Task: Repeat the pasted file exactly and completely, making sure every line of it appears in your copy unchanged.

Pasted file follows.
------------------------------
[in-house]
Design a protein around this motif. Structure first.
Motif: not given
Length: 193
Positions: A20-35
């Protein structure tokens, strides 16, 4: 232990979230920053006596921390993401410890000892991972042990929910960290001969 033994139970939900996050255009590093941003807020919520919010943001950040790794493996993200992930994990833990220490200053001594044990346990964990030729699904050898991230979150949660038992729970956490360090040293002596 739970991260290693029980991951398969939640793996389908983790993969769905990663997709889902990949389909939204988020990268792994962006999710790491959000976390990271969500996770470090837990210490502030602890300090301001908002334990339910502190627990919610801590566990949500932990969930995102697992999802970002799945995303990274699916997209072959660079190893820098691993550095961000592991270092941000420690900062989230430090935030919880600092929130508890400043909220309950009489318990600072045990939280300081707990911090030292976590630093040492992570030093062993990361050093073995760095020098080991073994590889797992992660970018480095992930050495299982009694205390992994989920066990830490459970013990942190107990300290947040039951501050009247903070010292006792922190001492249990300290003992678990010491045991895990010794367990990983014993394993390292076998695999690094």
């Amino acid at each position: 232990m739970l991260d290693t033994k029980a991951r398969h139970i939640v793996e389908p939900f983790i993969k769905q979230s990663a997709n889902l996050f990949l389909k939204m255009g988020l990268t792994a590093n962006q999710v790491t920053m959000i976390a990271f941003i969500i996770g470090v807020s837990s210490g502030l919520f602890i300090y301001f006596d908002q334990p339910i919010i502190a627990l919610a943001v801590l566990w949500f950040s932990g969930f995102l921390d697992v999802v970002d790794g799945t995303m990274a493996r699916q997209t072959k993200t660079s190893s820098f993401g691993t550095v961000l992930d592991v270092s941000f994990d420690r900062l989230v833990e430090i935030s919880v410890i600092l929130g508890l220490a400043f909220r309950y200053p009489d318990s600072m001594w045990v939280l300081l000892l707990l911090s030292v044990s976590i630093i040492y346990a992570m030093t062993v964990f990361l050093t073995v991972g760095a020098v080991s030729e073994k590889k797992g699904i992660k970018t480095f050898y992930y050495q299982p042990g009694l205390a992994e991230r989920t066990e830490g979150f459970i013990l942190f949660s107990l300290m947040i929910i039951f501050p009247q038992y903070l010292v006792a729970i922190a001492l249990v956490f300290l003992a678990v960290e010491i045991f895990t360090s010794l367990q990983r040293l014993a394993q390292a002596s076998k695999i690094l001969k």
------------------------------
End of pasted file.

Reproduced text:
[in-house]
Design a protein around this motif. Structure first.
Motif: not given
Length: 193
Positions: A20-35
């Protein structure tokens, strides 16, 4: 232990979230920053006596921390993401410890000892991972042990929910960290001969 033994139970939900996050255009590093941003807020919520919010943001950040790794493996993200992930994990833990220490200053001594044990346990964990030729699904050898991230979150949660038992729970956490360090040293002596 739970991260290693029980991951398969939640793996389908983790993969769905990663997709889902990949389909939204988020990268792994962006999710790491959000976390990271969500996770470090837990210490502030602890300090301001908002334990339910502190627990919610801590566990949500932990969930995102697992999802970002799945995303990274699916997209072959660079190893820098691993550095961000592991270092941000420690900062989230430090935030919880600092929130508890400043909220309950009489318990600072045990939280300081707990911090030292976590630093040492992570030093062993990361050093073995760095020098080991073994590889797992992660970018480095992930050495299982009694205390992994989920066990830490459970013990942190107990300290947040039951501050009247903070010292006792922190001492249990300290003992678990010491045991895990010794367990990983014993394993390292076998695999690094």
């Amino acid at each position: 232990m739970l991260d290693t033994k029980a991951r398969h139970i939640v793996e389908p939900f983790i993969k769905q979230s990663a997709n889902l996050f990949l389909k939204m255009g988020l990268t792994a590093n962006q999710v790491t920053m959000i976390a990271f941003i969500i996770g470090v807020s837990s210490g502030l919520f602890i300090y301001f006596d908002q334990p339910i919010i502190a627990l919610a943001v801590l566990w949500f950040s932990g969930f995102l921390d697992v999802v970002d790794g799945t995303m990274a493996r699916q997209t072959k993200t660079s190893s820098f993401g691993t550095v961000l992930d592991v270092s941000f994990d420690r900062l989230v833990e430090i935030s919880v410890i600092l929130g508890l220490a400043f909220r309950y200053p009489d318990s600072m001594w045990v939280l300081l000892l707990l911090s030292v044990s976590i630093i040492y346990a992570m030093t062993v964990f990361l050093t073995v991972g760095a020098v080991s030729e073994k590889k797992g699904i992660k970018t480095f050898y992930y050495q299982p042990g009694l205390a992994e991230r989920t066990e830490g979150f459970i013990l942190f949660s107990l300290m947040i929910i039951f501050p009247q038992y903070l010292v006792a729970i922190a001492l249990v956490f300290l003992a678990v960290e010491i045991f895990t360090s010794l367990q990983r040293l014993a394993q390292a002596s076998k695999i690094l001969k």